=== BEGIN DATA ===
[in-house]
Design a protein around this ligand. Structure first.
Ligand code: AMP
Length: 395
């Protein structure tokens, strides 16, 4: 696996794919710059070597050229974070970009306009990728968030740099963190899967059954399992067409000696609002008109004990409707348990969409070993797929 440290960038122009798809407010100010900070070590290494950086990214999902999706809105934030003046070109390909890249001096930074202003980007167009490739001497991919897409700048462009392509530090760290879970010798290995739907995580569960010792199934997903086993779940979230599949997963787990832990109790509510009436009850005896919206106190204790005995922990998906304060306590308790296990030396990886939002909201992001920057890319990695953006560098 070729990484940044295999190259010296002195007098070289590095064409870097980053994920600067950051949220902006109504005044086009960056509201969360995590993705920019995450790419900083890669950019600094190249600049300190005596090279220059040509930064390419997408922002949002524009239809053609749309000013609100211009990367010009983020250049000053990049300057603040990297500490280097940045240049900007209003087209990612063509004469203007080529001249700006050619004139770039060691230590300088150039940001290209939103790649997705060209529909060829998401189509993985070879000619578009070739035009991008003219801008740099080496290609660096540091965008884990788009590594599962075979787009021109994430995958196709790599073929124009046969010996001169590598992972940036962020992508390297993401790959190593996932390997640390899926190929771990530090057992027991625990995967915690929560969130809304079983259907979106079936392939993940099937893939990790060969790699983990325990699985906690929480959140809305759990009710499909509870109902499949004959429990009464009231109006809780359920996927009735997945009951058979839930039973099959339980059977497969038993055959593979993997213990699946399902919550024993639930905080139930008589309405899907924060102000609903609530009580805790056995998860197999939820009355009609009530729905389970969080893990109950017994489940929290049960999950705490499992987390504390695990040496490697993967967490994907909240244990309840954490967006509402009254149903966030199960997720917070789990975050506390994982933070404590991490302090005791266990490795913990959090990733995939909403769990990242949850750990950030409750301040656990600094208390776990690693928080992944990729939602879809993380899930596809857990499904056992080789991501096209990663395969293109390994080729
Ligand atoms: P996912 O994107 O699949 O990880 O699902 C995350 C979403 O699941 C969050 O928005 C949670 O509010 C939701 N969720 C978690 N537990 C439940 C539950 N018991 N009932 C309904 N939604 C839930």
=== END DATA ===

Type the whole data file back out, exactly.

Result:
[in-house]
Design a protein around this ligand. Structure first.
Ligand code: AMP
Length: 395
């Protein structure tokens, strides 16, 4: 696996794919710059070597050229974070970009306009990728968030740099963190899967059954399992067409000696609002008109004990409707348990969409070993797929 440290960038122009798809407010100010900070070590290494950086990214999902999706809105934030003046070109390909890249001096930074202003980007167009490739001497991919897409700048462009392509530090760290879970010798290995739907995580569960010792199934997903086993779940979230599949997963787990832990109790509510009436009850005896919206106190204790005995922990998906304060306590308790296990030396990886939002909201992001920057890319990695953006560098 070729990484940044295999190259010296002195007098070289590095064409870097980053994920600067950051949220902006109504005044086009960056509201969360995590993705920019995450790419900083890669950019600094190249600049300190005596090279220059040509930064390419997408922002949002524009239809053609749309000013609100211009990367010009983020250049000053990049300057603040990297500490280097940045240049900007209003087209990612063509004469203007080529001249700006050619004139770039060691230590300088150039940001290209939103790649997705060209529909060829998401189509993985070879000619578009070739035009991008003219801008740099080496290609660096540091965008884990788009590594599962075979787009021109994430995958196709790599073929124009046969010996001169590598992972940036962020992508390297993401790959190593996932390997640390899926190929771990530090057992027991625990995967915690929560969130809304079983259907979106079936392939993940099937893939990790060969790699983990325990699985906690929480959140809305759990009710499909509870109902499949004959429990009464009231109006809780359920996927009735997945009951058979839930039973099959339980059977497969038993055959593979993997213990699946399902919550024993639930905080139930008589309405899907924060102000609903609530009580805790056995998860197999939820009355009609009530729905389970969080893990109950017994489940929290049960999950705490499992987390504390695990040496490697993967967490994907909240244990309840954490967006509402009254149903966030199960997720917070789990975050506390994982933070404590991490302090005791266990490795913990959090990733995939909403769990990242949850750990950030409750301040656990600094208390776990690693928080992944990729939602879809993380899930596809857990499904056992080789991501096209990663395969293109390994080729
Ligand atoms: P996912 O994107 O699949 O990880 O699902 C995350 C979403 O699941 C969050 O928005 C949670 O509010 C939701 N969720 C978690 N537990 C439940 C539950 N018991 N009932 C309904 N939604 C839930």